Egypt to make use of ‘Dragon Storm’ water 

Egypt to make use of ‘Dragon Storm’ water 
A man walks through rain in a heavily flooded street in the New Cairo suburb of the Egyptian capital on March 12, 2020 amidst a heavy rain storm. (AFP)
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Updated 17 March 2020

Egypt to make use of ‘Dragon Storm’ water 

Egypt to make use of ‘Dragon Storm’ water 
  • The minister and his aides conducted a field tour to check on the progress of work in sewage stations and the pumping out of rainwater from various roads and districts

CAIRO: Egypt’s parliament has drawn up plans to make use of the water that fell during recent torrential thunderstorms in anticipation of a potential water crisis with Ethiopia over its Renaissance Dam.
According to Mamdouh Raslan, head of the Holding Company for Drinking Water and Sanitation in Egypt, it was estimated that the amount of water that fell on the coastal city of Alexandria during last weekend’s storm, dubbed the “Dragon,” reached 5 million square meters.
Widespread flooding caused by heavy rain across large swathes of Egypt on Thursday and Friday killed at least 20 people. The Cabinet said the country had not seen such rain in 40 years.
MP Abdel-Hadi Al-Qasabi said that climate change confirmed the necessity of maximizing the utilization of rainwater and floods, especially, he added, since many countries have developed similar methods for use in the agricultural sector.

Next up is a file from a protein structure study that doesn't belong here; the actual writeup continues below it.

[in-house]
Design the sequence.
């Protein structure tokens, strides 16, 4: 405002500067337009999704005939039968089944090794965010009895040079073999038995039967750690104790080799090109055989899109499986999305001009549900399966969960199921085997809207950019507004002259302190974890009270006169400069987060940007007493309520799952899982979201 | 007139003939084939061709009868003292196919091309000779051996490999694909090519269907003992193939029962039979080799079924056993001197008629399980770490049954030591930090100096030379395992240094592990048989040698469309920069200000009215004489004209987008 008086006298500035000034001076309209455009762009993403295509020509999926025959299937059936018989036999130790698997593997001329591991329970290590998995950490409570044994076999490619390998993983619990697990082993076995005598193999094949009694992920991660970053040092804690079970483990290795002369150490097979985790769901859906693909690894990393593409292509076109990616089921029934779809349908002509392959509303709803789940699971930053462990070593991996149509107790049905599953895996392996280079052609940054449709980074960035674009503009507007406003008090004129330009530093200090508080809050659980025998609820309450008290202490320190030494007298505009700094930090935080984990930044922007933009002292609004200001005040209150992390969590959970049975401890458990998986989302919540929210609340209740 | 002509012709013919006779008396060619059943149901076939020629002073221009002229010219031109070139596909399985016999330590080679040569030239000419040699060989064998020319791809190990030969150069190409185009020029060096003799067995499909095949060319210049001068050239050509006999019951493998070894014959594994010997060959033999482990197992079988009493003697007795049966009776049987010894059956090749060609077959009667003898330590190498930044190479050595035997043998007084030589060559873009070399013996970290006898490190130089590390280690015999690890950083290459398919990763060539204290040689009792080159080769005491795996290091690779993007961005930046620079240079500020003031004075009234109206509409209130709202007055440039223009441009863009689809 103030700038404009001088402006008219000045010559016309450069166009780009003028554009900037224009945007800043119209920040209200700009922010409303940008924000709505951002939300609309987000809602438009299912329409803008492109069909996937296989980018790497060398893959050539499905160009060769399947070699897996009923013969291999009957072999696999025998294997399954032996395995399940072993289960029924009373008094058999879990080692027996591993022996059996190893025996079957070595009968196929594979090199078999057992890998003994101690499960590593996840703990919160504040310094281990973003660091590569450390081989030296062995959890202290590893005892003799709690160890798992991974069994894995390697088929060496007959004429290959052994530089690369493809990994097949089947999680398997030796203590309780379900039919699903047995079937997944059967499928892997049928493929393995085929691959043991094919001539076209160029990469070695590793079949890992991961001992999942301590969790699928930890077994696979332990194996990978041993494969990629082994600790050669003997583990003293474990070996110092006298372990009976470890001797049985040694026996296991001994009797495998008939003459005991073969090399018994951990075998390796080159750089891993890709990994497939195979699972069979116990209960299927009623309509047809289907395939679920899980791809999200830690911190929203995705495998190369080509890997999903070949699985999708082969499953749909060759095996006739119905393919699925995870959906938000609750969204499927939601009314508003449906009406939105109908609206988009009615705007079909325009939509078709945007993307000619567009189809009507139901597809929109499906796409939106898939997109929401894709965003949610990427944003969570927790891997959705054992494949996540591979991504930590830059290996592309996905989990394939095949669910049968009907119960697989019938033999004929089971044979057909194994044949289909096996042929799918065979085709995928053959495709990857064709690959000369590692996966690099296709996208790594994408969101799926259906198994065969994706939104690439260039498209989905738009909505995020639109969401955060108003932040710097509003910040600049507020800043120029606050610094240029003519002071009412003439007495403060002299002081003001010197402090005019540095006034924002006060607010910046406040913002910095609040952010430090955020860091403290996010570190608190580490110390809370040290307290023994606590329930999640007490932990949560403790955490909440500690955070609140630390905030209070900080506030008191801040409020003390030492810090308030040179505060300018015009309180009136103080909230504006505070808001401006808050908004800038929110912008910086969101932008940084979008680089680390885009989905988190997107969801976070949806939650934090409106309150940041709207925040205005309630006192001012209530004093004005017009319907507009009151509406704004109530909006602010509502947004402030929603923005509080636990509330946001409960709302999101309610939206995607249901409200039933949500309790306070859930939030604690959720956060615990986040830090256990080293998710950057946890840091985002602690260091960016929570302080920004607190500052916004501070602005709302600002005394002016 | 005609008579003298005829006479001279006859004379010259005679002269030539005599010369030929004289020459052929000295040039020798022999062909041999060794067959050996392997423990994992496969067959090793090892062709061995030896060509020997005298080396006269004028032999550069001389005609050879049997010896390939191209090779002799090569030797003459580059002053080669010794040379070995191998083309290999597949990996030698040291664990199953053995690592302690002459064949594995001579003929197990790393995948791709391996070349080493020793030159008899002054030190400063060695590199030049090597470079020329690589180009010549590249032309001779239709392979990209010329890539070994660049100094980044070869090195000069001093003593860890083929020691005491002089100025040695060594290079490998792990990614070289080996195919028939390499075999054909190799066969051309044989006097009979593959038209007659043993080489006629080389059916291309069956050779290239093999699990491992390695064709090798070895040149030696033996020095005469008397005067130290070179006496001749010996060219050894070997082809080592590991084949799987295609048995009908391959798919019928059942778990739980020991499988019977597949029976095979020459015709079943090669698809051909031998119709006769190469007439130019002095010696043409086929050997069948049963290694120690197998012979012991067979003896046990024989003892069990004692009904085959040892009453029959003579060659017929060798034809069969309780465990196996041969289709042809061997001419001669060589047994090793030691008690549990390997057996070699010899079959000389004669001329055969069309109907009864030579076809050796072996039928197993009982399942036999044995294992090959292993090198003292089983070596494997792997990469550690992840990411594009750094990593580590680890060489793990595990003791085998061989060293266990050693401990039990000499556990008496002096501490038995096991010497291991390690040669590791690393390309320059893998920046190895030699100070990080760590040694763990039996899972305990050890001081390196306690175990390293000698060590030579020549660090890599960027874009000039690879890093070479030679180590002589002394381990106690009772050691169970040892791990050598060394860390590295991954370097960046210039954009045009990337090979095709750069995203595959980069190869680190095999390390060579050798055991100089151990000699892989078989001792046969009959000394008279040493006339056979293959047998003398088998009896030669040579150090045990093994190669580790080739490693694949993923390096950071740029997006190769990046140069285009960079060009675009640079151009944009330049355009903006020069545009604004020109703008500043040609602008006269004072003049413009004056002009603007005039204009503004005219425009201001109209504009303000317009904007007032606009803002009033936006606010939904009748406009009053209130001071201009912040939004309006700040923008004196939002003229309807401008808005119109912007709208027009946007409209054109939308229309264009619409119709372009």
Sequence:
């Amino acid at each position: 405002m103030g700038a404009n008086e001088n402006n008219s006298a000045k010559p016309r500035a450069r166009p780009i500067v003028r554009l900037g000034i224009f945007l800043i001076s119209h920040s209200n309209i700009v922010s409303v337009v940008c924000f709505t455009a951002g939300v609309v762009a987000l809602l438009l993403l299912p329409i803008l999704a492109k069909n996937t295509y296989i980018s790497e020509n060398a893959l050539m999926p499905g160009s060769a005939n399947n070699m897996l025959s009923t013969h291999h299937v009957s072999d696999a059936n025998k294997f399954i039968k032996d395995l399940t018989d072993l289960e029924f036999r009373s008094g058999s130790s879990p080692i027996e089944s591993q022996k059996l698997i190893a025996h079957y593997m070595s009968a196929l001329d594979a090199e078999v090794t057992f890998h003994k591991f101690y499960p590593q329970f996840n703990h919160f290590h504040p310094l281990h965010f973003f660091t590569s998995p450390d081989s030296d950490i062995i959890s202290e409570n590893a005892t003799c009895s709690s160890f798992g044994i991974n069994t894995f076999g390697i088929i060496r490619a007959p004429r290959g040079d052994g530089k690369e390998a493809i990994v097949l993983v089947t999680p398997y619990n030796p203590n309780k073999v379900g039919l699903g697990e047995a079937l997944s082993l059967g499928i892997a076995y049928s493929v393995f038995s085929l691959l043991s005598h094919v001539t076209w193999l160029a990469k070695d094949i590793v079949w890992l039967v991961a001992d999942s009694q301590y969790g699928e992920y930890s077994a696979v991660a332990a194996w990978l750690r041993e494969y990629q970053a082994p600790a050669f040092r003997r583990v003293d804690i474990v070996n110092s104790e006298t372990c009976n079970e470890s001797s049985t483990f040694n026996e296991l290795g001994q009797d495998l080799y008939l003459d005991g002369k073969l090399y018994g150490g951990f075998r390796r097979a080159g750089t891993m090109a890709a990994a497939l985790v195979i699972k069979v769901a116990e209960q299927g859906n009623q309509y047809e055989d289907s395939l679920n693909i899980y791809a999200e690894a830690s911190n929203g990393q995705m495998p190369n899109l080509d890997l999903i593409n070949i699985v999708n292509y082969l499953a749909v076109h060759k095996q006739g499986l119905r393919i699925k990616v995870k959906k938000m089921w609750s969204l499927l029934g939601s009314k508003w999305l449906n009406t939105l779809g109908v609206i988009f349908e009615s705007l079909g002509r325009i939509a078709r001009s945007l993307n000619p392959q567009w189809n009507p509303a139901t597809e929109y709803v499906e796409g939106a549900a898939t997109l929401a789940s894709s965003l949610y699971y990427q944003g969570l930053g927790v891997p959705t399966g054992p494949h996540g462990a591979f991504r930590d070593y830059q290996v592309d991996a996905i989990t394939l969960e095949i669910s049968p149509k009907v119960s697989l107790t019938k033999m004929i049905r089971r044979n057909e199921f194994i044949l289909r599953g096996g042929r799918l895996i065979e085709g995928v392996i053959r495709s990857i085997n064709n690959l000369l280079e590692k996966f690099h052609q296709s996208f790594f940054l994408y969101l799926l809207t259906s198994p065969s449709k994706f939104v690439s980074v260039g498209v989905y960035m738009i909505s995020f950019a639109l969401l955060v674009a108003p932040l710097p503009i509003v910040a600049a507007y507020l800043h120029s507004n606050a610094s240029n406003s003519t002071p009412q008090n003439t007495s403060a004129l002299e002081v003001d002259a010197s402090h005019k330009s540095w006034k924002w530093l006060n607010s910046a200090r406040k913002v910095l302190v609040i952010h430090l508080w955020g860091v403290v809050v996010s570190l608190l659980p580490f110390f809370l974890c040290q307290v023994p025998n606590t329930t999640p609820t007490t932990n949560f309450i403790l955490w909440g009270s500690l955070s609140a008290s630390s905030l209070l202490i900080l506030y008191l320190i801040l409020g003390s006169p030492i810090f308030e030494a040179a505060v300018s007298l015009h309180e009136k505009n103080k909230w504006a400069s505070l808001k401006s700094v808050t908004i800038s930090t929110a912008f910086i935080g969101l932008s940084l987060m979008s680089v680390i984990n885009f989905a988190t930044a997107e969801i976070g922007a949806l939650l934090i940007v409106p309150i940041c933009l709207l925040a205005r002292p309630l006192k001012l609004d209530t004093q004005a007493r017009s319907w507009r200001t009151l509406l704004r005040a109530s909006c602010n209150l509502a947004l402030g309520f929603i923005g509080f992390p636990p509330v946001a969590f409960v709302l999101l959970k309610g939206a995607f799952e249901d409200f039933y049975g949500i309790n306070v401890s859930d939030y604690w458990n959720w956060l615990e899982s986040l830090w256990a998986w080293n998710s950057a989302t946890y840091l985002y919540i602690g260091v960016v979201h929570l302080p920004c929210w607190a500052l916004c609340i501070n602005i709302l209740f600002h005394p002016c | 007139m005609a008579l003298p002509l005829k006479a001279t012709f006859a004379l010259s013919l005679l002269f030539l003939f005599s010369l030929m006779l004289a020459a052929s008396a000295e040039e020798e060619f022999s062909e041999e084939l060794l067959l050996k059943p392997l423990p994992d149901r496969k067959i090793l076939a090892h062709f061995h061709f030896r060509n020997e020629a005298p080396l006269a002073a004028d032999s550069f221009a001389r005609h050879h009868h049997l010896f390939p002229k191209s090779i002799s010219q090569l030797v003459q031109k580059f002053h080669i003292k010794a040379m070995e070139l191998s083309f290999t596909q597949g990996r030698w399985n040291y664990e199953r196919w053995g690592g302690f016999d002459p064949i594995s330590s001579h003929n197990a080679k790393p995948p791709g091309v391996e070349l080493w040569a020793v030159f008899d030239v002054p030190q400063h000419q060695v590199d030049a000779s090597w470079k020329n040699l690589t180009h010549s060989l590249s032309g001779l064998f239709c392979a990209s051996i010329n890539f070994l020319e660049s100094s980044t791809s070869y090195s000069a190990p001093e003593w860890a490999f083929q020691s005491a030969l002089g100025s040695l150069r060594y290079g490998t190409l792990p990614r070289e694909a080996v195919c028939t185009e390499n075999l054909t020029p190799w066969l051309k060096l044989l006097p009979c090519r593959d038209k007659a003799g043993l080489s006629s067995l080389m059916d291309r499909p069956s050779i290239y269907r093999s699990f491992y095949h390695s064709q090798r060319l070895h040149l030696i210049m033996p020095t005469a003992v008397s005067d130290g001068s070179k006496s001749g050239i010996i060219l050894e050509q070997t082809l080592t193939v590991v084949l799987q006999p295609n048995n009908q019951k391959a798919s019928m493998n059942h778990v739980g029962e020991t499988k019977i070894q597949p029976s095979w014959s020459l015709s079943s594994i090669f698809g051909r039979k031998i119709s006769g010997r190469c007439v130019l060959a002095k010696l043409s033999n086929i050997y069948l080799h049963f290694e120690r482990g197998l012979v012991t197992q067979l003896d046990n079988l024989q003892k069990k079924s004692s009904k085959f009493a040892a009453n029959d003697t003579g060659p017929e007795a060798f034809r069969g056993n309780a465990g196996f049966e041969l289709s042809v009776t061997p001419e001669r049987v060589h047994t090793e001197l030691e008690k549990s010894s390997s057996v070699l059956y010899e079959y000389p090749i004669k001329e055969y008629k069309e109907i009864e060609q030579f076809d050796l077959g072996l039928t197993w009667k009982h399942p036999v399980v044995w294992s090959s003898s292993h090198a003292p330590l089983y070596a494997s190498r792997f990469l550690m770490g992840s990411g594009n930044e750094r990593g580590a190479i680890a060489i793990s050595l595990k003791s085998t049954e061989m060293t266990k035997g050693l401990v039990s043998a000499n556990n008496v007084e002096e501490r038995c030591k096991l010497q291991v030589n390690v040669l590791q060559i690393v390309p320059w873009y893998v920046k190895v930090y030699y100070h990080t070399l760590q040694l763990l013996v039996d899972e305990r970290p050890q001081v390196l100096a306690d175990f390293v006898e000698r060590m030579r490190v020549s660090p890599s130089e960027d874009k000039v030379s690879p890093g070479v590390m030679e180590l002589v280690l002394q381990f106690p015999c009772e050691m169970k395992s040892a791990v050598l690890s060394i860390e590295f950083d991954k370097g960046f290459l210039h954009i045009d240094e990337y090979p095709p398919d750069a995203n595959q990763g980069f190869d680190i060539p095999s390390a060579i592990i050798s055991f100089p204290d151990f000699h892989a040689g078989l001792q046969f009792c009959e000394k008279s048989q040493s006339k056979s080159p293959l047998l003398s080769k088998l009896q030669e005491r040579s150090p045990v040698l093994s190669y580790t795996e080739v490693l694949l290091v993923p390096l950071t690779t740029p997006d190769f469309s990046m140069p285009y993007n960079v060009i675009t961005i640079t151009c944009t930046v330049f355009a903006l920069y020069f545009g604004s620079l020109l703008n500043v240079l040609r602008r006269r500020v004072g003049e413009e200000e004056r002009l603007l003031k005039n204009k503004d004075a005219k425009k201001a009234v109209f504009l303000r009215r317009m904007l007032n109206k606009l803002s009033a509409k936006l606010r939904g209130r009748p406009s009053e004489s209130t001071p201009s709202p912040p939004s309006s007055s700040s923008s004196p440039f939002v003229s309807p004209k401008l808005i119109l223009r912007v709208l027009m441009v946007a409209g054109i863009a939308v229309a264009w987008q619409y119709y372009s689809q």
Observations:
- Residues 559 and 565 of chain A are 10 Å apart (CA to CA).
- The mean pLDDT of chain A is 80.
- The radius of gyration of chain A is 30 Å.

Al-Qasabi stressed that doing so would benefit the public and called on the government to present a plan on storing water and educating people in this regard.
MP Khaled Fahmy said he would renew his proposal to take advantage of rainwater by erecting curbs on sidewalks where rainwater could be collected and poured into wells. He said that treating rainwater would not cost the state “all that much.”
Another MP suggested that a map of water pools be drawn up for all governorates in view of the water scarcity, adding that the government needed to expand agricultural areas.
Minister of Housing Assem El-Gazzar corroborated the necessity of implementing permanent solutions to make use of the unprecedented amounts of rain witnessed by the country last week.
El-Gazzar said that he, along with other ministry officials, were monitoring efforts to extract rainwater and to deal with the poor weather conditions that have recently afflicted Egypt.
The minister and his aides conducted a field tour to check on the progress of work in sewage stations and the pumping out of rainwater from various roads and districts.
Adel Hassan, head of the Cairo Wastewater Company, said that Egypt had been preparing for bad weather and that proper equipment had been employed, including 120 vehicles that have collected rainwater from the streets of Cairo.
Hassan added that government vehicles have transported water to citizens affected by water shortage in parts of Cairo.
He said that a plan was being studied to see whether the state would need to develop its infrastructure in a manner more suited to the management of inclement weather.
Saving rainwater could become crucial should the Egypt-Ethiopia dispute over Addis Ababa’s Renaissance Dam become exacerbated, which Cairo fears would significantly diminish its water supply from the River Nile.
The dam is now more than 70 percent complete, and Ethiopia plans to start filling its reservoir in July.